A soldier who spotted a boy with a terrible deformity while on patrol in Bosnia has spent ten years fundraising to finally deliver his promise of giving him a new face.
Former Staff Sergeant Wayne Ingram, 44, met four-year-old Stefan Savic a decade ago while on peacekeeping duties in Eastern Europe.
Stefan was born with a debilitating condition called Tessier facial cleft, which meant his eyes were 4.5cm further apart than normal and he had no proper nose.
But father-of-two Mr Ingram, formerly of the 9th/12th Royal Lancers, was so moved by Stefan’s plight he vowed to get him state-of-the-art medical help.
He collected an amazing £85,000 with a fundraising drive across Bosnia and the UK before bringing Stefan to London’s Great Ormond Street Hospital in 2003.
The youngster underwent 12 hours of surgery with plastic surgeon David Dunaway, who cut his face in half before moving his eyes closer together and building him a nose.
The operation was a success but Mr Dunaway warned that a second operation would be needed a decade later.
Mr Ingram kept in touch with Stefan and his parents Slavenka, 36, and Milos, 44, raising a further £20,000 to bring him back to the UK to finish his treatment.
Stefan, now 14, returned to Great Ormond Street this week for his second operation with Mr Dunaway to improve his face and help his breathing.
Mr Ingram, from Weymouth, Dorset, said he was just happy to complete the remarkable job of helping Stefan lead the life of a normal little boy.
He said: ‘I was on a routine patrol in Bosnia when I was introduced to his father and went to meet Stefan.
‘The condition had been left untreated and had grown between Stefan’s eyes, crushing his skull, forcing his eyes apart to the point he couldn’t see what was ahead of him.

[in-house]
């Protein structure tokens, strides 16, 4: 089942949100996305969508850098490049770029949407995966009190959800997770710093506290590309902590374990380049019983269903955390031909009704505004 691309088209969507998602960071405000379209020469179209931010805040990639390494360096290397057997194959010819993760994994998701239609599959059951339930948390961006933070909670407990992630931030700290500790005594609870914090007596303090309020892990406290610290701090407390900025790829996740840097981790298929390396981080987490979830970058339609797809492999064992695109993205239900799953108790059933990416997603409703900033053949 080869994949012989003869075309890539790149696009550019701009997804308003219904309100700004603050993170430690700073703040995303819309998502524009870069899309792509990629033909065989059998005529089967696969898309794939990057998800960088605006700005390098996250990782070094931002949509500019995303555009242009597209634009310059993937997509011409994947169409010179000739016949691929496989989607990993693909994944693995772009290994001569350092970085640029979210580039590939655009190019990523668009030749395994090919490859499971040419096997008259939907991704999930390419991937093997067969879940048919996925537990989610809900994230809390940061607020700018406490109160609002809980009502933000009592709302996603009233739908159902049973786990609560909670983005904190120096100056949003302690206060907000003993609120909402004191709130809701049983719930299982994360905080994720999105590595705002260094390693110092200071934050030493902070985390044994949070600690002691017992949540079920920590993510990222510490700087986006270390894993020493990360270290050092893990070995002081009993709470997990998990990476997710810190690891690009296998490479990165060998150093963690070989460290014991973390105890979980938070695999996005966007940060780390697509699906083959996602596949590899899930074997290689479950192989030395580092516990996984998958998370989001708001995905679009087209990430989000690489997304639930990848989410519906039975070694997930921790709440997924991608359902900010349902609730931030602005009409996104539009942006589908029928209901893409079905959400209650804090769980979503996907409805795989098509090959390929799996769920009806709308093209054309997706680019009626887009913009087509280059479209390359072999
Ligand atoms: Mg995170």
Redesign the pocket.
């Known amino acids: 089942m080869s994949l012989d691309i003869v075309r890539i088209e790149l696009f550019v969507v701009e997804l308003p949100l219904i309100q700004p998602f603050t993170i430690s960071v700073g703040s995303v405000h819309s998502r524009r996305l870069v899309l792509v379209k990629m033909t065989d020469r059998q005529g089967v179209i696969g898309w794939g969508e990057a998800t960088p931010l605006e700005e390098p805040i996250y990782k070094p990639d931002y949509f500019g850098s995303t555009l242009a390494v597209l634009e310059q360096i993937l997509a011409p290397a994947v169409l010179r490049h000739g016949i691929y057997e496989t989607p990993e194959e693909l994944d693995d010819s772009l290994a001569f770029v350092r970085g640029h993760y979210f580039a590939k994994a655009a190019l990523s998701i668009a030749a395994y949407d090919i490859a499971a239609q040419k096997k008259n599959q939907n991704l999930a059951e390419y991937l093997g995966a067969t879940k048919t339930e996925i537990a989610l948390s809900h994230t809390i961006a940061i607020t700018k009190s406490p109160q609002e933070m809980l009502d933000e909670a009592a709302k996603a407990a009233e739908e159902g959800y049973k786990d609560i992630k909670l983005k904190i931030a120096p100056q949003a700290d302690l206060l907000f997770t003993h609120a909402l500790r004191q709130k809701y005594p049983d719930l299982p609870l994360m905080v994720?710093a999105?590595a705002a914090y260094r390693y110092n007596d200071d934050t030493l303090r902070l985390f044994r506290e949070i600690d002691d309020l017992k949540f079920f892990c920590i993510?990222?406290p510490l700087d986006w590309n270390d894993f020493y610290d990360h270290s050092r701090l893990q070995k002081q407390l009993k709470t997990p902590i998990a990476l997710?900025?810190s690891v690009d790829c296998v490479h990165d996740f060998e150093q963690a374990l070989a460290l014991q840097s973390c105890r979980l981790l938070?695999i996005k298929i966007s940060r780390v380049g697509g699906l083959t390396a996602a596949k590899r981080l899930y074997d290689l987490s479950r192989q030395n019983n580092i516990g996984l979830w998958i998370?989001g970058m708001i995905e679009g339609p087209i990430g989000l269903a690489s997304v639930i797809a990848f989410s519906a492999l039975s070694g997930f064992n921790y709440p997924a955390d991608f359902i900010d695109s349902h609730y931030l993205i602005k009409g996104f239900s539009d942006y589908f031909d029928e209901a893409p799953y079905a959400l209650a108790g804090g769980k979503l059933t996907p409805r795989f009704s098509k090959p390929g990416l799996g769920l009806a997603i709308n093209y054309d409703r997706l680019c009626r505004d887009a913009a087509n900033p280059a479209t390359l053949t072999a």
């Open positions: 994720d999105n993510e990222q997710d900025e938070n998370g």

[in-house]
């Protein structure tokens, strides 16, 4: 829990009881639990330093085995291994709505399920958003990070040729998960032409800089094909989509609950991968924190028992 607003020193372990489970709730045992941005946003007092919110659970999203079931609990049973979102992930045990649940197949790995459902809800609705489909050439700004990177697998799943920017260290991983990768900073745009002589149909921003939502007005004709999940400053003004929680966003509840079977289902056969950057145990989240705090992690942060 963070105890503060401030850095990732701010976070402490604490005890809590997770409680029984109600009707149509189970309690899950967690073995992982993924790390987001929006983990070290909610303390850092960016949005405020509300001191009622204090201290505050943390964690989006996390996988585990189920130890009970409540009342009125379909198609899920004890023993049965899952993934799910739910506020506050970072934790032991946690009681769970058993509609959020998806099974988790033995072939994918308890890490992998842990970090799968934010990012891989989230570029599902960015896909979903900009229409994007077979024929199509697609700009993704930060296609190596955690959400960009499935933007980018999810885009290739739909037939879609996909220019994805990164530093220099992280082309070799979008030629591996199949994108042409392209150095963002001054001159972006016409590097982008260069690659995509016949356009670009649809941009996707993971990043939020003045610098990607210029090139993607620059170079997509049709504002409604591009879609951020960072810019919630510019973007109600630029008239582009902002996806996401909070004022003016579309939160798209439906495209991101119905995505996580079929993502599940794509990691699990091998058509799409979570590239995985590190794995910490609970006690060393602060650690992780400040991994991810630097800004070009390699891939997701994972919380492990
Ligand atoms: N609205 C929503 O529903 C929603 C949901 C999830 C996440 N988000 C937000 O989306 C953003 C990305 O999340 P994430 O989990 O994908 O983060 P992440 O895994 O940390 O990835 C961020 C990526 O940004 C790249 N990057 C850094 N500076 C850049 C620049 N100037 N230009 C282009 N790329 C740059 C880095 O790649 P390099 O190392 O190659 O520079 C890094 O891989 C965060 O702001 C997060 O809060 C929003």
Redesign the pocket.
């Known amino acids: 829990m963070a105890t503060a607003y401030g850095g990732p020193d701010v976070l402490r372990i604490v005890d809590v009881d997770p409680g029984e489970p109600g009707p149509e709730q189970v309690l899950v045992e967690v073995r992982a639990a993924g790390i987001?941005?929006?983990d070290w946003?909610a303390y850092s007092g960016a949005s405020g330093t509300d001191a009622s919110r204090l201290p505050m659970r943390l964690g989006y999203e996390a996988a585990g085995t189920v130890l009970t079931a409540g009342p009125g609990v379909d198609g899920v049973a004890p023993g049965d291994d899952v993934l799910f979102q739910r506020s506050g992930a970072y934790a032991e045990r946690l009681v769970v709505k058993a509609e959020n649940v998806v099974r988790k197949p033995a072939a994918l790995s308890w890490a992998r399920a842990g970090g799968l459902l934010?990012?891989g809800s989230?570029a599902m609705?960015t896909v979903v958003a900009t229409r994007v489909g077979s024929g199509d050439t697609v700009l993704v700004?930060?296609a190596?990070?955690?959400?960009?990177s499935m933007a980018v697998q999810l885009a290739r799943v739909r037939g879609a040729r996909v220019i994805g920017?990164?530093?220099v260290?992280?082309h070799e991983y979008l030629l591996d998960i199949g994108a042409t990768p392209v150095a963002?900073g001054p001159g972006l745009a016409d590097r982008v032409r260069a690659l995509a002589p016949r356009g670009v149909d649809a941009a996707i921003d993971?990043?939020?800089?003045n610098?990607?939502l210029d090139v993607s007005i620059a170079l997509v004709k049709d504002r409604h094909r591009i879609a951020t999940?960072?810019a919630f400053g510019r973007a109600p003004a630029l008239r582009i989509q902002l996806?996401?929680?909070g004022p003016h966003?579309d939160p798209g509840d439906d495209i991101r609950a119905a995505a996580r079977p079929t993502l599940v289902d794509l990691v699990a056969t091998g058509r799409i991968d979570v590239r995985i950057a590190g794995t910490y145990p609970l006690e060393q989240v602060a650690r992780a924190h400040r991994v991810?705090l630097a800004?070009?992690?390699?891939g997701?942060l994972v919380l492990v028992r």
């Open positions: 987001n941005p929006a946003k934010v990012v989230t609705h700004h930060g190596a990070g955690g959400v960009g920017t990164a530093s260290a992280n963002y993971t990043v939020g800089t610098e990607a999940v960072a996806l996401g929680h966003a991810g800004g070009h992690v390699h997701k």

‘But aside from the facial deformities he was just a normal, playful little boy. He was confident and cheeky, climbing all over me as we played football in the yard.
‘He was too young then to be self-aware. But his facial cleft was blocking his airways and without medical attention, could kill him.
‘I had two young sons myself at the time and there was no way I could stand back and do nothing. I knew in an instant I had to do everything I could to help.’
As Mr Ingram set about raising funds, he wrote to a long list of celebrities.
Only David Beckham replied, politely explaining he had already chosen his charities for that year.
Mr Dunaway, the surgeon, was offering his services for free but Mr Ingram still needed to pay for flights, accommodation for the family, as well as essential hospital costs.
He raised 6,000 Euros by staging a charity football match in Banja Luka, with Muslim, Serb and Croat players setting aside their conflicts to help Stefan.
And back in the UK, Mr Ingram launched a massive fundraising drive, persuading his local Asda to put collection boxes beside their tills.
He said: ‘Donations poured in and I was bowled over by the generosity.
‘Stefan needed three operations back then – one to remove his teeth, another to reconstruct his nose and another to reconstruct his skull.
Stefan will likely need a further operation on his nose and orthodontics to realign his teeth before one final surgery to correct the roof of his mouth.
Mr Ingram, who was so inspired by Stefan’s medical progress he became a paramedic after leaving the army, says he’ll be there every step of the way.
Mr Ingram, whose own sons Harry and Toby are now 18 and 16, added: ‘Stefan has never moaned or complained the whole time I’ve known him.
‘His mum says that after his latest operation he looked in front of the mirror and said: “this is the best thing that has ever happened to me”.
‘For me this was about honouring a promise I made all those years ago and doing everything I could for Stefan.
‘He’s changed my life as well and inspired me to become a paramedic. We’ll always have an inseparable bond.’
Mr Ingram’s fundraising efforts have been supported by the Facing the World charity, which provides life-changing surgery to children from developing countries with severe facial disfigurements.
To make a donation visit facingtheworld.net